"Decisions made: We need to pursue EXEMPTION; and HSF will not provide any ramps on vessel," one department staffer told colleagues afterward in an e-mail.
The auditor concluded that department e-mails showed a decision was made at this meeting, although who made the decision is not revealed.
"Current and former department officials and employees who worked on the ferry project were either unable to recall who made the decision at that meeting or chose to invoke executive privilege when asked who directed the team," the auditor found.
The department, in its written response to the audit, rejected any inference that a decision was made at the governor's office directing the department to pursue an exemption. The auditor countered that the department's e-mails about the meeting "are self-explanatory."
"Ultimately, a decision involving the governor's office was made that directed the 'ferry project team' to pursue scenarios that would exempt the ferry harbor work from environmental review," the auditor found.
Awana, who resigned last year, told The Advertiser in January that he had no role in the decision. Barry Fukunaga, who was then the department's deputy director of harbors and is now Gov. Linda Lingle's chief of staff, has said he made the decision in consultation with his construction and engineering staff and then-department director Rod Haraga. The department also consulted with the state Office of Environmental Quality Control and county planning agencies.
Fukunaga told The Advertiser in writing last year that he did not discuss his deliberations or his eventual decision with Lingle, Awana or state Attorney General Mark Bennett.
The audit is also similar to The Advertiser's reporting last September on the Maritime Administration's loan guarantee for Superferry. Maritime Administration officials told the auditor that loan guarantees are typically exempt from environmental review because they just provide financing for ship construction. The vessels typically use port facilities already in place.
Maritime Administration officials told the auditor that harbor improvements for Superferry could have triggered an environmental assessment that could have limited ferry access to ports. So the Maritime Administration added a condition that Superferry provide confirmation that no environmental assessment was required.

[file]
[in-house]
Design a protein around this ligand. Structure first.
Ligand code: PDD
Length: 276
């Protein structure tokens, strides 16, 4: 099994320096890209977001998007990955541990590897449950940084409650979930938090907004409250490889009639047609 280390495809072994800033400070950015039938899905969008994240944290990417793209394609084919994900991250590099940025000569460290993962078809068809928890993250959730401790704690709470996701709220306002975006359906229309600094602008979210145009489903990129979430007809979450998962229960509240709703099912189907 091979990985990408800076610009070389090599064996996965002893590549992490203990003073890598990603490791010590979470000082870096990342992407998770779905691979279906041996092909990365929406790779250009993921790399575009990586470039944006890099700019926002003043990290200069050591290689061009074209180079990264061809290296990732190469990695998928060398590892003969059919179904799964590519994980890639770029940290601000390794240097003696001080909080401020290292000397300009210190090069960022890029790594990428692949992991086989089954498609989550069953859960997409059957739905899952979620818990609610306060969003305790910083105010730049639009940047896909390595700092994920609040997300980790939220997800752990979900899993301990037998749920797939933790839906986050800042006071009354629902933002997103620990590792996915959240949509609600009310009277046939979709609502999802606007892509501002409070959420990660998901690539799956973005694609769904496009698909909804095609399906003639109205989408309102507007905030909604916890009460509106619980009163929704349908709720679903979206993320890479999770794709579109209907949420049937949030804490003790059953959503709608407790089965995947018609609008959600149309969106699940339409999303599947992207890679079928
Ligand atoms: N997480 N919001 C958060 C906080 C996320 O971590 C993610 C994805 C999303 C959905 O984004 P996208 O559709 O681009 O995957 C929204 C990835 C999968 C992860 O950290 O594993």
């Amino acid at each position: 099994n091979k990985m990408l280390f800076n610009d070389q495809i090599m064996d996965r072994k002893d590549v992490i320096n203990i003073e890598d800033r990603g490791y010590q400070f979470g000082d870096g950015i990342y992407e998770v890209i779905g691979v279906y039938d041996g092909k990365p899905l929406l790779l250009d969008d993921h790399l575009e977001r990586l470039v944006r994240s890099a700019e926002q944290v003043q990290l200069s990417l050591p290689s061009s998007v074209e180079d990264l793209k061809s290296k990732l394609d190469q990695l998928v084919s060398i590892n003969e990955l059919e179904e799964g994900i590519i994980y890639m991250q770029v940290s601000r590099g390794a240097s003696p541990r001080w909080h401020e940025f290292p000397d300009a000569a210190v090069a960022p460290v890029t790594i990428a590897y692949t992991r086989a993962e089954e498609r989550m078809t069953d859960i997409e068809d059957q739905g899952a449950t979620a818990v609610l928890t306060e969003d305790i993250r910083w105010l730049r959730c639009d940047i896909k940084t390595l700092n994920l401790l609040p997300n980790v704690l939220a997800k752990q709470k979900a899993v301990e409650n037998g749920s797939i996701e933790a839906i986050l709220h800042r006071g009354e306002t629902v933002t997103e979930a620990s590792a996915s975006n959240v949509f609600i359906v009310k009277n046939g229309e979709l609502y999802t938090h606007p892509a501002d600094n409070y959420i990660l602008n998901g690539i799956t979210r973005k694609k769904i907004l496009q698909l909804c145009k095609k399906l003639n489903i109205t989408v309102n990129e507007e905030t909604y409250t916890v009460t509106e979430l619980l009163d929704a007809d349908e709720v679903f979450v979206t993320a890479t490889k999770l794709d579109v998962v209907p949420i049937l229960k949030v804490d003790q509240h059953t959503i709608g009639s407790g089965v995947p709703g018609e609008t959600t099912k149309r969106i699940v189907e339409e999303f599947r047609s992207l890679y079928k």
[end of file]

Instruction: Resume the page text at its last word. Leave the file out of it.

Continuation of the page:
"MARAD's position was that it was not willing to finance the construction of any vessel that might be unable to operate because it has no port," the auditor found.
The audit recommends that the Legislature empower a state agency to enforce environmental review laws and require agencies to update exemption lists every five years. The auditor found that the public has little involvement in the exemption process other than the right to file a lawsuit to challenge an exemption.
Higa had complained to lawmakers that she missed a March deadline for a preliminary draft of the audit because of significant delays in obtaining documents from the Lingle administration. Higa repeated those complaints in the audit and said her staff would be preparing a second phase of the audit for a later report.
Higa described the Lingle administration's cooperation as "slow and incomplete, at best." The department called that description "wholly untrue" and said any delays were based on requests by Higa that the attorney general found were "unreasonably broad in scope."
The department chose not to comment on many of Higa's conclusions. Mike Formby, the department's deputy director of harbors, said last night that the administration's wants the opportunity to review the second phase of the audit.
"I think what we wanted to do was reserve the right to see the full report, because it's really risky to look at half the report and respond knowing that they're out there still doing field investigation, interviews, reviewing documents," Formby said. "And basically, they look at the response you gave, and they go out and look for a way to rebut your response."